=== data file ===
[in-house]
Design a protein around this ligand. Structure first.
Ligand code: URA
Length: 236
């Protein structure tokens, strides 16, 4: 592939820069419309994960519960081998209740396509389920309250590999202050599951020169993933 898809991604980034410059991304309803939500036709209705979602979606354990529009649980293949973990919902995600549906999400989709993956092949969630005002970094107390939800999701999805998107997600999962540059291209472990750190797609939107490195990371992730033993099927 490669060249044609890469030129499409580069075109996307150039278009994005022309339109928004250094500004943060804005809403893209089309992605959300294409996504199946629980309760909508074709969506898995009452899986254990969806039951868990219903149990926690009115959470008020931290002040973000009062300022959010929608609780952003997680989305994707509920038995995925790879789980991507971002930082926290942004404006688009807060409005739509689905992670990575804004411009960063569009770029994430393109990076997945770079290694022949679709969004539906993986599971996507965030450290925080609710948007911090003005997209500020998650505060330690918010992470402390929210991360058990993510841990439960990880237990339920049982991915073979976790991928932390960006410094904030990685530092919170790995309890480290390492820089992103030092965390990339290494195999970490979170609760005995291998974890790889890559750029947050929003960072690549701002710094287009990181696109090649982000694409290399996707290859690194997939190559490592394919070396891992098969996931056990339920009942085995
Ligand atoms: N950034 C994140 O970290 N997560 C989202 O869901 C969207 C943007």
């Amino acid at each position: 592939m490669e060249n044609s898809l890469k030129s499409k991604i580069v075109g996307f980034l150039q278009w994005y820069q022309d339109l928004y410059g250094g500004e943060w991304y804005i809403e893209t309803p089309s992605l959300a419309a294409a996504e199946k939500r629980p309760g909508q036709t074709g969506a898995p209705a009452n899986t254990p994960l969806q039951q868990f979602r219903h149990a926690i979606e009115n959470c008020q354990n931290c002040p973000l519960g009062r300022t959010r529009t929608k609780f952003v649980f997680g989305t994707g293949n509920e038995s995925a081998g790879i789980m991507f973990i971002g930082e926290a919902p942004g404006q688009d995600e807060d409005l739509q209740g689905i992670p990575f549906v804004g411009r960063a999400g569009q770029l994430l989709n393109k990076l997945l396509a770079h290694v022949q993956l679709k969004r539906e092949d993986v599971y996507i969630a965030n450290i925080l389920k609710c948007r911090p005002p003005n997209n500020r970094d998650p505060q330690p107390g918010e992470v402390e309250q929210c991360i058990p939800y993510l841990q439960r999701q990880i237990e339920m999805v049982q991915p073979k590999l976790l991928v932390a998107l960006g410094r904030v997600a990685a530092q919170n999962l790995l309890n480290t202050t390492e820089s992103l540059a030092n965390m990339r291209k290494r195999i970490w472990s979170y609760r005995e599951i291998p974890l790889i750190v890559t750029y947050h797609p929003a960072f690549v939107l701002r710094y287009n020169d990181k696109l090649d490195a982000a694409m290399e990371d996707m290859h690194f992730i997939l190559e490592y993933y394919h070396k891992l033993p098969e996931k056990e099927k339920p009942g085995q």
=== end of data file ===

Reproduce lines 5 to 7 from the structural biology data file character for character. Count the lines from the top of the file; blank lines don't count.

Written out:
């Protein structure tokens, strides 16, 4: 592939820069419309994960519960081998209740396509389920309250590999202050599951020169993933 898809991604980034410059991304309803939500036709209705979602979606354990529009649980293949973990919902995600549906999400989709993956092949969630005002970094107390939800999701999805998107997600999962540059291209472990750190797609939107490195990371992730033993099927 490669060249044609890469030129499409580069075109996307150039278009994005022309339109928004250094500004943060804005809403893209089309992605959300294409996504199946629980309760909508074709969506898995009452899986254990969806039951868990219903149990926690009115959470008020931290002040973000009062300022959010929608609780952003997680989305994707509920038995995925790879789980991507971002930082926290942004404006688009807060409005739509689905992670990575804004411009960063569009770029994430393109990076997945770079290694022949679709969004539906993986599971996507965030450290925080609710948007911090003005997209500020998650505060330690918010992470402390929210991360058990993510841990439960990880237990339920049982991915073979976790991928932390960006410094904030990685530092919170790995309890480290390492820089992103030092965390990339290494195999970490979170609760005995291998974890790889890559750029947050929003960072690549701002710094287009990181696109090649982000694409290399996707290859690194997939190559490592394919070396891992098969996931056990339920009942085995
Ligand atoms: N950034 C994140 O970290 N997560 C989202 O869901 C969207 C943007």
């Amino acid at each position: 592939m490669e060249n044609s898809l890469k030129s499409k991604i580069v075109g996307f980034l150039q278009w994005y820069q022309d339109l928004y410059g250094g500004e943060w991304y804005i809403e893209t309803p089309s992605l959300a419309a294409a996504e199946k939500r629980p309760g909508q036709t074709g969506a898995p209705a009452n899986t254990p994960l969806q039951q868990f979602r219903h149990a926690i979606e009115n959470c008020q354990n931290c002040p973000l519960g009062r300022t959010r529009t929608k609780f952003v649980f997680g989305t994707g293949n509920e038995s995925a081998g790879i789980m991507f973990i971002g930082e926290a919902p942004g404006q688009d995600e807060d409005l739509q209740g689905i992670p990575f549906v804004g411009r960063a999400g569009q770029l994430l989709n393109k990076l997945l396509a770079h290694v022949q993956l679709k969004r539906e092949d993986v599971y996507i969630a965030n450290i925080l389920k609710c948007r911090p005002p003005n997209n500020r970094d998650p505060q330690p107390g918010e992470v402390e309250q929210c991360i058990p939800y993510l841990q439960r999701q990880i237990e339920m999805v049982q991915p073979k590999l976790l991928v932390a998107l960006g410094r904030v997600a990685a530092q919170n999962l790995l309890n480290t202050t390492e820089s992103l540059a030092n965390m990339r291209k290494r195999i970490w472990s979170y609760r005995e599951i291998p974890l790889i750190v890559t750029y947050h797609p929003a960072f690549v939107l701002r710094y287009n020169d990181k696109l090649d490195a982000a694409m290399e990371d996707m290859h690194f992730i997939l190559e490592y993933y394919h070396k891992l033993p098969e996931k056990e099927k339920p009942g085995q």